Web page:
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Medically Reviewed by Dr. Atmika Paudel
Enzymes for yeast eat the cell wall of Candida and other yeasts because the cell wall is composed of fiber and glycoproteins. Many times the patient will not experience any die-off reaction at all, especially when using an enzyme that contains protease, which is a huge bonus.
Lets review the basic cell and biofilm structure of yeasts.
Candida yeast has a cell wall composed of mannoprotein-1, glucan, chitin-glucan, mannoprotein-2 and plasma membrane.
A mannoprotein is a complex carbohydrate-modified protein used by yeasts to anchor the proteins to the cell wall glucans.
are a polysaccharide fiber, that are found in the cell walls of
bacteria, fungi, algae, lichens and plants such as oats and barley.
Chitins are long-chain polymer of N-acetylglucosamine, which is a derivative of glucose. It is a primary component of fungal cell walls and the exoskeletons of arthropods. It is very similar to the polysaccharide cellulose - the basic fiber component of plant cell walls.
The plasma membrane is a fatty lipid and protein layer and the nucleus of the yeast cell is also made of protein.
The fatty acids oleic, linolic, palitic, and palmitolic are found throughout its structure.
Knowing that the cell wall of Candida yeast is made up of proteins with carbohydrate rich fibers including a protein and lipid nucleus, a properly designed enzyme formula should contain the necessary enzymes to digest all of these parts.
Biofilms are used by pathogenic yeasts, bacteria and viruses as a way to hide from the hosts immune system. At the same time the pathogen will release spores or cells in an attempt to spread throughout the body. Upon release of the spores the immune system mounts a defense, which causes inflammation and can make you feel sick.
Yeast biofilms generally contain parts of the cell wall structure itself.
It will be composed of cellulose, which is basically a chain of polysaccharide fibers.
The biofilm will also contain polynucleotides that are made from bonded sugars and are primarily its dna and rna material.
Also present are polypeptide
proteins and carbohydrate glucan polysaccharides.
The biofilm also contains fibrinogen and fibronectin or scar tissue, which are the same materials that the body uses to clot the blood and repair wound sites.
All of these materials are bound together by ligands with stickiness properties much like lectins in wheat.
The biofilm will form in the section of the picture above marked F. The biofilm is the first thing you need to get through in order to have any effect on the yeast cell itself.
So, the biofilm is made from proteins, with carbohydrate rich fibers much like the cell wall. In addition, microorganisms such as bacteria and yeast use fibrinogen and fibronectin to adhere and make biofilms with the help of fibronectin binding proteins present in these microorganisms. More on the cell structure and biofilms here.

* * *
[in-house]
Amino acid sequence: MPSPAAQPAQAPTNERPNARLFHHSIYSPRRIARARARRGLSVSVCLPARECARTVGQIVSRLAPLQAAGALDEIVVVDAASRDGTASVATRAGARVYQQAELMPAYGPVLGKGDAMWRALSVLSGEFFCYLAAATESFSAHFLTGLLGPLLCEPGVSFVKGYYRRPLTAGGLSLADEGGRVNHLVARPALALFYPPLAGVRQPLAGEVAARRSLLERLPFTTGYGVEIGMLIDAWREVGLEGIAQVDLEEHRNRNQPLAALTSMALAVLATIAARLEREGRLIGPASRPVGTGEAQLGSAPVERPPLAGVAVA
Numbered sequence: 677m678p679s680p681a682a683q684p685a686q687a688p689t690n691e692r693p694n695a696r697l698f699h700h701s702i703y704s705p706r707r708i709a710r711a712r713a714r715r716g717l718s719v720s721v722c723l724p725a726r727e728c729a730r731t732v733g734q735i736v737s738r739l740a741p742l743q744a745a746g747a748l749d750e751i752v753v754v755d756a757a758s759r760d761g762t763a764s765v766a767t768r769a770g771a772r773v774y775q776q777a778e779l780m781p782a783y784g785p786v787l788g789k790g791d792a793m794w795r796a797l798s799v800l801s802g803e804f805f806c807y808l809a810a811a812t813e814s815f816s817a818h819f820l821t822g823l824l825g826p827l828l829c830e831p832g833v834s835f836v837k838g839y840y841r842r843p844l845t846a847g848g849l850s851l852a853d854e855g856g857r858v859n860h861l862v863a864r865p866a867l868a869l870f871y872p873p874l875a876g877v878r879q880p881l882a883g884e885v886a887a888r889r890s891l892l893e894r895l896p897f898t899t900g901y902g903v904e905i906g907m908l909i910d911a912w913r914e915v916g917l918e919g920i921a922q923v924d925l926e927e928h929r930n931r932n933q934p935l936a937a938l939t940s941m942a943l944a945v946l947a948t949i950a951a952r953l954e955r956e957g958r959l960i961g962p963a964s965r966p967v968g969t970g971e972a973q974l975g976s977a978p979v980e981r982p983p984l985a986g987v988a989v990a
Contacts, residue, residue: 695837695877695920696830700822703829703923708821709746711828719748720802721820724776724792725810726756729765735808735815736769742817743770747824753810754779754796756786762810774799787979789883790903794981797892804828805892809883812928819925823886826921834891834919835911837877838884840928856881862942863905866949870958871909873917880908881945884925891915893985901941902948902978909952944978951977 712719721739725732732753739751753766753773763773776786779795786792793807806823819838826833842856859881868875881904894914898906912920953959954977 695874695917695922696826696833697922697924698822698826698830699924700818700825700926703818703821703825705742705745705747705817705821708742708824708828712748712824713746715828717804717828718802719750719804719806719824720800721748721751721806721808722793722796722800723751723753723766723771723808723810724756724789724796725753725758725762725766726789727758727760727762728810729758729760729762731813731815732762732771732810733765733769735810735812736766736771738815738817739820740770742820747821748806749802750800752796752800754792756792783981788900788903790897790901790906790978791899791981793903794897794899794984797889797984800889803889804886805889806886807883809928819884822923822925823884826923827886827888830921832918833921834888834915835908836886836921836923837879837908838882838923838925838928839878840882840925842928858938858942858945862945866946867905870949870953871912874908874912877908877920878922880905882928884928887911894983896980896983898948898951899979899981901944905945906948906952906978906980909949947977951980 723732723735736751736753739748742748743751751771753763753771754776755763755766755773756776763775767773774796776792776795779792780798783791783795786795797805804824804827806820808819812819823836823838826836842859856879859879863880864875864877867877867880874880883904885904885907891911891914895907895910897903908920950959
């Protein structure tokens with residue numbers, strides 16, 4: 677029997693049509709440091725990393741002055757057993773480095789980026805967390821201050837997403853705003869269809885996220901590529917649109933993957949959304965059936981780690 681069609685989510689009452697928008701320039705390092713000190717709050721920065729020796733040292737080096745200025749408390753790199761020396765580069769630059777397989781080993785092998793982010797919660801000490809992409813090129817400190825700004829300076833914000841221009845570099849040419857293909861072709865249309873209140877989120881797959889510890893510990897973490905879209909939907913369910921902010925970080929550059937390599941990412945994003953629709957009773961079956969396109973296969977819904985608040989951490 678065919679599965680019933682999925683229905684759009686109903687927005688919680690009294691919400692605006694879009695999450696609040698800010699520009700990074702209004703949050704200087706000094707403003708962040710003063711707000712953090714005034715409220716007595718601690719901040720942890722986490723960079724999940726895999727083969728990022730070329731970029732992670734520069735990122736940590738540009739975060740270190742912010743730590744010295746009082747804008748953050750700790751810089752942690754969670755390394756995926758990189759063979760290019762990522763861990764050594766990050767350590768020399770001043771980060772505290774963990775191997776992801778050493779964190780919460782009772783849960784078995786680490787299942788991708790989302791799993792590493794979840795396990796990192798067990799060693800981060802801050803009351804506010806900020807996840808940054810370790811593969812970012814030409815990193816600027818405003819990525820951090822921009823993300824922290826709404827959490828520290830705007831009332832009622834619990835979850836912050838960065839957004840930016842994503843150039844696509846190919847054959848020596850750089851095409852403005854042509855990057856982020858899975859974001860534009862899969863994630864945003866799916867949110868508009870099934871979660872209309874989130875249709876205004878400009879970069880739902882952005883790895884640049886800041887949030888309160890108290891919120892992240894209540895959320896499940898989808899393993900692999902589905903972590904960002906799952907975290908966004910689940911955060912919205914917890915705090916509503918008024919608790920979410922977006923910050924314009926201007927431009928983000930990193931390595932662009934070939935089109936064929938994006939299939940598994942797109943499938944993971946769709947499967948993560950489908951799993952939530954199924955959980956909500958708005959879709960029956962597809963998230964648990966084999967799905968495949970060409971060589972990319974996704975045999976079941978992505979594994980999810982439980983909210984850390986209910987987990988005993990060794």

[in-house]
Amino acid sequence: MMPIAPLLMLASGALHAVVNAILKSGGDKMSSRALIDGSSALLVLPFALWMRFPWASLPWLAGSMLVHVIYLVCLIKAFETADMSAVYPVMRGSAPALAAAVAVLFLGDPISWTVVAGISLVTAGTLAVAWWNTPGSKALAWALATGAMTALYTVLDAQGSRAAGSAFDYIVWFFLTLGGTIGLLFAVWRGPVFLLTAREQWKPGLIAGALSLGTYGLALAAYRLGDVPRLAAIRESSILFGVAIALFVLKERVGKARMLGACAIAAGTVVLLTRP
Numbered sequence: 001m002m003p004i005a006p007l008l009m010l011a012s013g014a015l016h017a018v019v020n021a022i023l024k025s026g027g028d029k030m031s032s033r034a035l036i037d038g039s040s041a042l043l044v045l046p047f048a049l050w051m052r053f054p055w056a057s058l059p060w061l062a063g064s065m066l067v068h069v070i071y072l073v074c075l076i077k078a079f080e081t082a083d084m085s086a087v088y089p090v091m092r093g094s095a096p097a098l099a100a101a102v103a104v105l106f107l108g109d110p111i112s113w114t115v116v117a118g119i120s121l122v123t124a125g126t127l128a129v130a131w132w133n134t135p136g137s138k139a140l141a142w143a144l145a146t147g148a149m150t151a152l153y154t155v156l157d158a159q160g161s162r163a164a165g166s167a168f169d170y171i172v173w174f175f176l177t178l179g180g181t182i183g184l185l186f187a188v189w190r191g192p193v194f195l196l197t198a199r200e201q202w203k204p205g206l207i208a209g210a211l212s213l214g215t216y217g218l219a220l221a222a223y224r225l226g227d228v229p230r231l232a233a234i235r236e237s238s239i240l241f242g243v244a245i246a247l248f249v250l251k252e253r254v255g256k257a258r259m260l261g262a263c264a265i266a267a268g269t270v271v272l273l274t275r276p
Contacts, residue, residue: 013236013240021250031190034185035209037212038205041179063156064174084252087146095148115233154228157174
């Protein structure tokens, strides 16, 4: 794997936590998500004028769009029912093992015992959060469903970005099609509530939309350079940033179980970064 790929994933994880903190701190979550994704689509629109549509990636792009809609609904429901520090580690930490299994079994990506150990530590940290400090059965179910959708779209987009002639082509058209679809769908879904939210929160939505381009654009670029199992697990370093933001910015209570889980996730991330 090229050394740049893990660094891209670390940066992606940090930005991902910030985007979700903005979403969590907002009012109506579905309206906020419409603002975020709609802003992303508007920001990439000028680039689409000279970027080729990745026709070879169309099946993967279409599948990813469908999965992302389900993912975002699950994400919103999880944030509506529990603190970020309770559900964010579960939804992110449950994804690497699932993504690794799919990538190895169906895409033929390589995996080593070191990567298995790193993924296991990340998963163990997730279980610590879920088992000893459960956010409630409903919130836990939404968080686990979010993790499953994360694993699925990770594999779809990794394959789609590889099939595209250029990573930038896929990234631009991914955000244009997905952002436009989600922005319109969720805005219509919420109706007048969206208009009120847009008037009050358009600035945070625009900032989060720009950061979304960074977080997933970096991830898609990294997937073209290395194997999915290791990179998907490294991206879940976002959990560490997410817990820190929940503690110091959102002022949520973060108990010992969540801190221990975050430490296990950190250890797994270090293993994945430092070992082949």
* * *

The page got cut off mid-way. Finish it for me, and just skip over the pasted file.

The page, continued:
For the mannoproteins in the cell, polypeptide proteins in the biofilm, and the nucleus of the yeast cell you need a protease enzyme.
glucans and cellulose-chitin found in both the cell wall and biofilm
you need cellulase and hemicellulase. Beta-glucanase is also very helpful but
a quality cellulase will have beta-glucanase side activity so you're covered in
The polysaccharides found in both the cell and biofilm can be removed with amylase, invertase and glucoamylase.
The fibrinogen, fibronection and the lignands in the biofilm can be removed with serrapeptase(serratiopeptidase).
For the fatty lipids a lipase enzyme would work.
In our opinion, getting through the biofilm is the most important aspect when treating yourself for candida yeast infections. If you don't get through the biofilm, you are not going to have any long term success getting the yeast under control.
Way back in 1968 Roberte Domanski and Ruth Miller from the Dept. of Microbiology at the Women's Medical College of Pennsylvania, used a chitanase complex and beta-glucanase on the cell walls of Candida albicans. Within 5 minutes of exposure to the enzymes in the presence of water, the cell walls burst. Note the intact cells in picture 1 and the disrupted cell in picture 2.
In 1971 Canadian scientist Joseph Brown analyzed the
helicase enzyme from the snail Helix pomatia, effects on the cells of
Torulopsis glabrata, Candida albicans, and Saccharomyces cerevisiae. He
noted that the effects of the enzyme on Candida glabrata wore off in a
couple of hours as the fungi adapted to the effects of the enzyme. It took much longer for the other two yeast cell walls
to adapt to the enzyme.(Source)
In 1976 the effects of enzymes on the cell surface of Candida Albicans was examined at the Department of Biochemistry, The University, in Leeds. Beta-glucanase worked well but major changes took place with the addition of chitanase and protease, which resulted in the greatest disruption of the cell wall.(Source)
In 1980, E. F. Gale and associates ran enzyme studies on the cell structure of Candida albicans to see if they would help reduce the organisms ability to resist Amphotericin B. They found that beta-glucanase had the greatest effects on the cell wall. They also found that the effects were further enhanced when using chitinase, trypsin - which is a protease, or lipase.(Source)
A 2003 study in Belgium evaluated the effects of the enzymes protease and amyloglucosidase on the yeast Saccharomyces cerevisiae. It was found that the protease caused a progressive increase of surface roughness. Large depressions surrounded by protruding edges were formed and attributed to the erosion of the mannoprotein outerlayer. The amyloglucosidase had no effect, which is what they expected based on the cell structure of Saccharomyces cerevisiae. The study also noted that Saccharomyces cerevisiae is susceptible to protease.(Source)
In Sept of 2017, a study was performed in South Korea at the College of Agricultural and Life Science on the fungi Fusarium oxysporum and Rhizoctonia solani. Chitanase and Beta-glucanase enzymes were used to see if they had any effect on the cell wall structure. The enzymes were found to inhibit hyphael growth of these two species.(Source)
Because Candida yeast is also a fungi with similar cell structure, there
is no reason to not believe that these enzymes would not work on
hyphael producing strains of Candida.
What have we learned from these studies?
The obvious conclusion, based on the uses of these enzymes singularly and when combined, is to use an enzyme formula that has all the necessary enzymes required to digest every component of the cell wall. The studies suggest that complete formulas are going to have the greatest effects.